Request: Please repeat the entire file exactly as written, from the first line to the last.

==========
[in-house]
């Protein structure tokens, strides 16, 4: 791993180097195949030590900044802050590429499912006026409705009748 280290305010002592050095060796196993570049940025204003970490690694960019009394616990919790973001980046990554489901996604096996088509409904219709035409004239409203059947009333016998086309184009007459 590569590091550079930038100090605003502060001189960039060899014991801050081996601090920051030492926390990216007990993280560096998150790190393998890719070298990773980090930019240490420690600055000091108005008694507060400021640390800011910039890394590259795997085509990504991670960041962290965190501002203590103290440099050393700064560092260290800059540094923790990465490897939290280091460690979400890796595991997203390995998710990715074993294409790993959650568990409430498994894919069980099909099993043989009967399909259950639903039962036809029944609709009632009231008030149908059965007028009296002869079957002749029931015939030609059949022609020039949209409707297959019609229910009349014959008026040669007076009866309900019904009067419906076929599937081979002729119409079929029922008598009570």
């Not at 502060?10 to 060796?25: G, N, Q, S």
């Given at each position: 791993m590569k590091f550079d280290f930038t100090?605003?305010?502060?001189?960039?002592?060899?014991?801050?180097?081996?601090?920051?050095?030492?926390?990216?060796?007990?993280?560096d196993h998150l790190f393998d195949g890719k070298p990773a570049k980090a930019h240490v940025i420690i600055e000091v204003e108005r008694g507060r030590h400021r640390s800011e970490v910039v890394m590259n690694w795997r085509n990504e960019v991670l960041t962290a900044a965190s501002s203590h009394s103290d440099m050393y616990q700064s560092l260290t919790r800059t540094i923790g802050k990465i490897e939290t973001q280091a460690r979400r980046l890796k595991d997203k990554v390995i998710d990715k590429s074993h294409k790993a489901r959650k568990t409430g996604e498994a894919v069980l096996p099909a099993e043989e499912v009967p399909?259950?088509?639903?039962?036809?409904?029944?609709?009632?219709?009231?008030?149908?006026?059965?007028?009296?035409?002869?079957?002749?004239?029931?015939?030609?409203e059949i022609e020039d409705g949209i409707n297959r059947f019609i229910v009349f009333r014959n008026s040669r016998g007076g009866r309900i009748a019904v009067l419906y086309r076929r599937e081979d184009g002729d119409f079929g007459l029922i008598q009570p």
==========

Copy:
[in-house]
């Protein structure tokens, strides 16, 4: 791993180097195949030590900044802050590429499912006026409705009748 280290305010002592050095060796196993570049940025204003970490690694960019009394616990919790973001980046990554489901996604096996088509409904219709035409004239409203059947009333016998086309184009007459 590569590091550079930038100090605003502060001189960039060899014991801050081996601090920051030492926390990216007990993280560096998150790190393998890719070298990773980090930019240490420690600055000091108005008694507060400021640390800011910039890394590259795997085509990504991670960041962290965190501002203590103290440099050393700064560092260290800059540094923790990465490897939290280091460690979400890796595991997203390995998710990715074993294409790993959650568990409430498994894919069980099909099993043989009967399909259950639903039962036809029944609709009632009231008030149908059965007028009296002869079957002749029931015939030609059949022609020039949209409707297959019609229910009349014959008026040669007076009866309900019904009067419906076929599937081979002729119409079929029922008598009570």
């Not at 502060?10 to 060796?25: G, N, Q, S």
């Given at each position: 791993m590569k590091f550079d280290f930038t100090?605003?305010?502060?001189?960039?002592?060899?014991?801050?180097?081996?601090?920051?050095?030492?926390?990216?060796?007990?993280?560096d196993h998150l790190f393998d195949g890719k070298p990773a570049k980090a930019h240490v940025i420690i600055e000091v204003e108005r008694g507060r030590h400021r640390s800011e970490v910039v890394m590259n690694w795997r085509n990504e960019v991670l960041t962290a900044a965190s501002s203590h009394s103290d440099m050393y616990q700064s560092l260290t919790r800059t540094i923790g802050k990465i490897e939290t973001q280091a460690r979400r980046l890796k595991d997203k990554v390995i998710d990715k590429s074993h294409k790993a489901r959650k568990t409430g996604e498994a894919v069980l096996p099909a099993e043989e499912v009967p399909?259950?088509?639903?039962?036809?409904?029944?609709?009632?219709?009231?008030?149908?006026?059965?007028?009296?035409?002869?079957?002749?004239?029931?015939?030609?409203e059949i022609e020039d409705g949209i409707n297959r059947f019609i229910v009349f009333r014959n008026s040669r016998g007076g009866r309900i009748a019904v009067l419906y086309r076929r599937e081979d184009g002729d119409f079929g007459l029922i008598q009570p």